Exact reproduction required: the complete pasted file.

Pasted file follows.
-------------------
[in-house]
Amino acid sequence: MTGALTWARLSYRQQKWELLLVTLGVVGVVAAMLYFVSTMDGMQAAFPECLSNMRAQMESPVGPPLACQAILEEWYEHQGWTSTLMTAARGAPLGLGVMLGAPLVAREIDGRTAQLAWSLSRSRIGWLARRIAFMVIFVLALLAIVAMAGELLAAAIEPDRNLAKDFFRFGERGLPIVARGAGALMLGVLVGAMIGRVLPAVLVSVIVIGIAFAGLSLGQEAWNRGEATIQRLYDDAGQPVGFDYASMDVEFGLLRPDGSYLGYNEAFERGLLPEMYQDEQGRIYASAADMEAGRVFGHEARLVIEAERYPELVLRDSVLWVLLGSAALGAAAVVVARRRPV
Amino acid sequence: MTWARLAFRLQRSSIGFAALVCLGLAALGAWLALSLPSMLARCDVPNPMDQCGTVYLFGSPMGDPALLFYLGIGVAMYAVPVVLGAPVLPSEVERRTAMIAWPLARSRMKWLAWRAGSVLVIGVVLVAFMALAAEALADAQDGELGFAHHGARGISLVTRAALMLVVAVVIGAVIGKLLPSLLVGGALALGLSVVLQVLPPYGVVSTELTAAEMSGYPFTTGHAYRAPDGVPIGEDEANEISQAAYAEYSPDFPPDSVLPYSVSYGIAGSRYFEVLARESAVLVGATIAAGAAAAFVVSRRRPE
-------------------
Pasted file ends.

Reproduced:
[in-house]
Amino acid sequence: MTGALTWARLSYRQQKWELLLVTLGVVGVVAAMLYFVSTMDGMQAAFPECLSNMRAQMESPVGPPLACQAILEEWYEHQGWTSTLMTAARGAPLGLGVMLGAPLVAREIDGRTAQLAWSLSRSRIGWLARRIAFMVIFVLALLAIVAMAGELLAAAIEPDRNLAKDFFRFGERGLPIVARGAGALMLGVLVGAMIGRVLPAVLVSVIVIGIAFAGLSLGQEAWNRGEATIQRLYDDAGQPVGFDYASMDVEFGLLRPDGSYLGYNEAFERGLLPEMYQDEQGRIYASAADMEAGRVFGHEARLVIEAERYPELVLRDSVLWVLLGSAALGAAAVVVARRRPV
Amino acid sequence: MTWARLAFRLQRSSIGFAALVCLGLAALGAWLALSLPSMLARCDVPNPMDQCGTVYLFGSPMGDPALLFYLGIGVAMYAVPVVLGAPVLPSEVERRTAMIAWPLARSRMKWLAWRAGSVLVIGVVLVAFMALAAEALADAQDGELGFAHHGARGISLVTRAALMLVVAVVIGAVIGKLLPSLLVGGALALGLSVVLQVLPPYGVVSTELTAAEMSGYPFTTGHAYRAPDGVPIGEDEANEISQAAYAEYSPDFPPDSVLPYSVSYGIAGSRYFEVLARESAVLVGATIAAGAAAAFVVSRRRPE